To name a few of the most popular EWP’s that are available in the market:

  • Cross-laminated Timber (CLT)
  • Plywood
  • Laminated Veneer Lumber (LVL)
  • Glue Laminated Timber (Glulam)
  • Oriented Strand Board (OSB)
  • I-Beams

Eurocode 5 (EC5)

Eurocode 5 contains timber design principles and essential application rules to realise them. Application rules are presented as design formulae eliminating the need for the material-specific tables that were presented in the BS 5268 family of standards. It applies for civil engineering works from solid timber, sawn, planned or in pole form, glued laminated timber or wood-based structural products, (e.g. LVL) or wood-based panels jointed together with adhesives or mechanical fasteners and is divided into the following parts.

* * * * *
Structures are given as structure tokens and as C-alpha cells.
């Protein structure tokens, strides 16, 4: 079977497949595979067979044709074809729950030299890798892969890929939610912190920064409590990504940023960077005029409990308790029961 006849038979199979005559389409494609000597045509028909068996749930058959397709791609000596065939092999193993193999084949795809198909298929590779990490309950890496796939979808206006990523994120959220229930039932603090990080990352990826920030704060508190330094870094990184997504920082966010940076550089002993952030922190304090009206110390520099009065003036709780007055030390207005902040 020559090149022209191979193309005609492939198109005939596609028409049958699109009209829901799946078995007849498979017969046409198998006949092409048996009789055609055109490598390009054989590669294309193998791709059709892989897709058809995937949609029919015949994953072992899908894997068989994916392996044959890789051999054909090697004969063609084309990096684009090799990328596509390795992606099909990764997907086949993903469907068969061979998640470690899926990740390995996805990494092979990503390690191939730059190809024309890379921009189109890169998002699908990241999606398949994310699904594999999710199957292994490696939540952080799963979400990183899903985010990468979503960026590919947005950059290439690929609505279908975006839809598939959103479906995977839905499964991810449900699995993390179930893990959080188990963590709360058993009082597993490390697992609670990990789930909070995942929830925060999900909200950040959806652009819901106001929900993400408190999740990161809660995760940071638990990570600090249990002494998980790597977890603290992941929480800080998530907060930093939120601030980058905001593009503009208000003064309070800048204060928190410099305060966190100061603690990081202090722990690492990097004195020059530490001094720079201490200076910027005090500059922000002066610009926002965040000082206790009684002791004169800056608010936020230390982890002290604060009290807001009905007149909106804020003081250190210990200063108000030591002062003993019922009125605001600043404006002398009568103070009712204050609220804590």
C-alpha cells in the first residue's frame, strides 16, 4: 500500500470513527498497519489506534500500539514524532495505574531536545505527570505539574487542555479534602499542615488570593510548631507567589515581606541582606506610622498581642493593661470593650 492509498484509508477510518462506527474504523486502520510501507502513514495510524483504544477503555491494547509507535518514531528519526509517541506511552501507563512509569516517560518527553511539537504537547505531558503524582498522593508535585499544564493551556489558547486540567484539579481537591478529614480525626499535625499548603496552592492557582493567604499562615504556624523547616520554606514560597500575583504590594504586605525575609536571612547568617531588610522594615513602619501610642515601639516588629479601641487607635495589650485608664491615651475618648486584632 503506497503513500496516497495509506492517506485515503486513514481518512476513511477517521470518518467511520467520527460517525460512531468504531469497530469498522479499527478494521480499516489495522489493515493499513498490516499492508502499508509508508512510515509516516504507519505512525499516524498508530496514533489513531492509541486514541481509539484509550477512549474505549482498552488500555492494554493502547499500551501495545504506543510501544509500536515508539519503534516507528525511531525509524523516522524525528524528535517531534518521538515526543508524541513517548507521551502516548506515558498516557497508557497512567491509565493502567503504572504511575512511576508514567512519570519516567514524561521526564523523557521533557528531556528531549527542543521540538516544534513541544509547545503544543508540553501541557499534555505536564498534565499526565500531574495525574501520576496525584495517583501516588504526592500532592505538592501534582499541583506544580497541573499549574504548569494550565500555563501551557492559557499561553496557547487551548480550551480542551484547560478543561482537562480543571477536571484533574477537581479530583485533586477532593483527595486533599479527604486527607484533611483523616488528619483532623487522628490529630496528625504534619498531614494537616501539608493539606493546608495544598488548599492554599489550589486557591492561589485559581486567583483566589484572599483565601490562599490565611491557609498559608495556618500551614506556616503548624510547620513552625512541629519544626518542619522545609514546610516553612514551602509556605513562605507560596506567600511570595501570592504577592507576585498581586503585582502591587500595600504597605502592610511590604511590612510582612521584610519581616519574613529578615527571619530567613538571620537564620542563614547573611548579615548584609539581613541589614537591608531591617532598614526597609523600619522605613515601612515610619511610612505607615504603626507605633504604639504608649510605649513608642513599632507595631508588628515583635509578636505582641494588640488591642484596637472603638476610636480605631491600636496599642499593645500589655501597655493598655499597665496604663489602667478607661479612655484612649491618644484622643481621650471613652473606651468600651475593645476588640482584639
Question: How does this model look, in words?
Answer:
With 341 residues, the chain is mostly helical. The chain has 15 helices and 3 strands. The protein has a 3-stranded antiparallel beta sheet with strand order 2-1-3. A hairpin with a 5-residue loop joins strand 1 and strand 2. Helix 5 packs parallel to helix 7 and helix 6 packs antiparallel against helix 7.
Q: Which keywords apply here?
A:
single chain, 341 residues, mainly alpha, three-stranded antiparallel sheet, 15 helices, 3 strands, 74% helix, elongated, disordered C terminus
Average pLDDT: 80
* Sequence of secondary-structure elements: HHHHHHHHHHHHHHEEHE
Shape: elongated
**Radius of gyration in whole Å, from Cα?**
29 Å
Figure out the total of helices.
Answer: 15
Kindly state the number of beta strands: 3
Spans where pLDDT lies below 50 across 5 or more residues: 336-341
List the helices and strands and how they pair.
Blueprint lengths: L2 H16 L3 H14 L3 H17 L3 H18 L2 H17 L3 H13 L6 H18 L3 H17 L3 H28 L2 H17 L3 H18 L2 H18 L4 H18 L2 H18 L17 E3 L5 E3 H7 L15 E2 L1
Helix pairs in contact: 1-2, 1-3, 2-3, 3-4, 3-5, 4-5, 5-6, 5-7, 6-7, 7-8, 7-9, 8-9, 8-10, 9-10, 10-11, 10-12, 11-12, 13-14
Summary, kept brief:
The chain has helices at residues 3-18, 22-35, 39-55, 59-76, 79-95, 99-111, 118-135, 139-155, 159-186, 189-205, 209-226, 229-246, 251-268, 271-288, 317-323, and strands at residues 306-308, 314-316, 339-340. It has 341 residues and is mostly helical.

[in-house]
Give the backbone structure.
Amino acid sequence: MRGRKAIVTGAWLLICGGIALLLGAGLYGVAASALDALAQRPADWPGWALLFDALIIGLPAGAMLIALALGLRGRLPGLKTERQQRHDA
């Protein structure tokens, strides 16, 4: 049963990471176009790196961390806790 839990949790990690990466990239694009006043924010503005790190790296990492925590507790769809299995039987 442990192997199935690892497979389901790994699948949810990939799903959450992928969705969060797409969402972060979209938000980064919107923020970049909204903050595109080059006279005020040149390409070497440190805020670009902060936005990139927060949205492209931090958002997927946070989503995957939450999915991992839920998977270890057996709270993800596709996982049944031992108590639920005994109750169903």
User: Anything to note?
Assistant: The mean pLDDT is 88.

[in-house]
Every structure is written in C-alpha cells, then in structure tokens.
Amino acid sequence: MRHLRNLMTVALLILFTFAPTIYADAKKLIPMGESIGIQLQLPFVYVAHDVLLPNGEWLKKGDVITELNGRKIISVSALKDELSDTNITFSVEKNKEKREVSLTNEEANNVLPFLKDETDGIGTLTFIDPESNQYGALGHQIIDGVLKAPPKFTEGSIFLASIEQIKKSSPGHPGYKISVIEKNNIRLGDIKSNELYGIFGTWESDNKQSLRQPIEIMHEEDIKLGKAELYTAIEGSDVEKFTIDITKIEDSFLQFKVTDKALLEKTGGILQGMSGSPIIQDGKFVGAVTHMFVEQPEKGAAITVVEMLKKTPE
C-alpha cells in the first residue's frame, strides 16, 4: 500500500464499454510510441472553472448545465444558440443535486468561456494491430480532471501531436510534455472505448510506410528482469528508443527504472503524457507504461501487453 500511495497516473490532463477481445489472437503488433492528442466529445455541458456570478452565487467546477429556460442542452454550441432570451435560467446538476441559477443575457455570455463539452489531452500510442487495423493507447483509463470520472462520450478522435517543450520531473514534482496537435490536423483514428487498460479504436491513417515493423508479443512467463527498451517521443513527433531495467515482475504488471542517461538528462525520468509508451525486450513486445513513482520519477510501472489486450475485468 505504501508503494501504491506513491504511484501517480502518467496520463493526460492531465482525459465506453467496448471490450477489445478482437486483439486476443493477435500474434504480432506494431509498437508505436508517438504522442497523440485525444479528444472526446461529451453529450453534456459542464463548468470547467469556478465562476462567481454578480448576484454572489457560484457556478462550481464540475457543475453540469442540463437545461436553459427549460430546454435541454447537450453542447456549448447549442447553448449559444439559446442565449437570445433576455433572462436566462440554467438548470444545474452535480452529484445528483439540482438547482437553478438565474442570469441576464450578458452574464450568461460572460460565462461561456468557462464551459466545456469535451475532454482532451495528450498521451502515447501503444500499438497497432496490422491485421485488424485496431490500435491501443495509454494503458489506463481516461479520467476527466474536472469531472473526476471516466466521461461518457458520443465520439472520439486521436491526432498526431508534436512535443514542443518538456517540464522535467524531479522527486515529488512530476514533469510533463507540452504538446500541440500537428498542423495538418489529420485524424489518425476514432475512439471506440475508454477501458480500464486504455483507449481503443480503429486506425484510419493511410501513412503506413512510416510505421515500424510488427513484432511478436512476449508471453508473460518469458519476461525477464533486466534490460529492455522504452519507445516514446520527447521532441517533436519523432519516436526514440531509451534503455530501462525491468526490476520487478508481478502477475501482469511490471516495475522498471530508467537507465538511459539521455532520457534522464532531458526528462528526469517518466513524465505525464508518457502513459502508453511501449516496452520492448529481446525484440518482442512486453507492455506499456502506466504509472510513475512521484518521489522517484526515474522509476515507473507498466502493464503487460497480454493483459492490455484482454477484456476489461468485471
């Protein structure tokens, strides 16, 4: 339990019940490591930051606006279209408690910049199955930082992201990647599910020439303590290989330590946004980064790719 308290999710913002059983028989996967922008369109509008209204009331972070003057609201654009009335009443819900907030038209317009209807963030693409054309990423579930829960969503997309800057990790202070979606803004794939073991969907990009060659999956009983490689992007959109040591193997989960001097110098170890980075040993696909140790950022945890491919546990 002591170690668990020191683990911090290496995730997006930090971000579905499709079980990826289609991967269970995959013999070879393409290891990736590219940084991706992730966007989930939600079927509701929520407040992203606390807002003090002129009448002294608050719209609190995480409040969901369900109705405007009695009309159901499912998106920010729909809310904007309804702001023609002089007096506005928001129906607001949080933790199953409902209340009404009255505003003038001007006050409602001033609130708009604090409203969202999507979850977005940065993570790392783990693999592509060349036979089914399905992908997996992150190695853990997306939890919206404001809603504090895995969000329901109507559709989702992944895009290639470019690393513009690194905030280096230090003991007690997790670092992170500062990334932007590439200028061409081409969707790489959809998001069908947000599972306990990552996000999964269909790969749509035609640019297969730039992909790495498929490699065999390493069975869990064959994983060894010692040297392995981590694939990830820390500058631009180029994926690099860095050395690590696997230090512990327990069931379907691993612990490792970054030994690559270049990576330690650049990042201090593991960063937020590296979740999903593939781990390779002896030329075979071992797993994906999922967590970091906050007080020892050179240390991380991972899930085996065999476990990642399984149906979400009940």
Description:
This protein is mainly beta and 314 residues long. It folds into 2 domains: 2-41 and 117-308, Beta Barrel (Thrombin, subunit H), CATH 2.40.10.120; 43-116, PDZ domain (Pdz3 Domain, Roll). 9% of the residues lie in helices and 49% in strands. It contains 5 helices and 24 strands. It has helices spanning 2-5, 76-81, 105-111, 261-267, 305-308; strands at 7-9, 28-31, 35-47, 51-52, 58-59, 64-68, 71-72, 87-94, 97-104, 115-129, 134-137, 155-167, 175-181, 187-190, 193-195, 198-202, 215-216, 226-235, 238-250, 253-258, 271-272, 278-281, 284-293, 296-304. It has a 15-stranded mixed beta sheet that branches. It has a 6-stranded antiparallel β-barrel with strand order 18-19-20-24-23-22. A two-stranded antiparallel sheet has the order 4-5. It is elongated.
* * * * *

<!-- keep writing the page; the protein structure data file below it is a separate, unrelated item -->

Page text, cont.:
Hardwood timber comes from “Deciduous” trees, these ones are known due to the fact that they lose their leaves every year. Examples of hardwood trees are, Oak, Iroko, Sapele, Teak, among others.

Expand your knowledge on hardwood timber here

Mass Timber

Mass timber construction differs from light-frame wood construction as it employs EWPs, typically consisting of substantial wood panels, columns, or beams. These elements are often produced off-site for constructing load-bearing walls, floors, and roofs.

Mass timber is designed to possess robust strength characteristics similar to concrete and steel, yet it is significantly lighter in weight. Mass timber products are comprised of thick, compressed layers of wood, forming sturdy, load-bearing components that can be assembled into panelized sections.

Mass Timber Components

Mass timber is the name given to types of engineered timber that can be used as structural building materials. Mass timber components are made from small planks or layers of timber bonded together to increase their strength and form load-bearing components such as panels, beams and columns. Components are made in factories to precise specifications.

Mass timber components include CLT panels, LVL and glulam products suited to post and beam construction which can be combined to create a range of structural systems.

Moisture Movement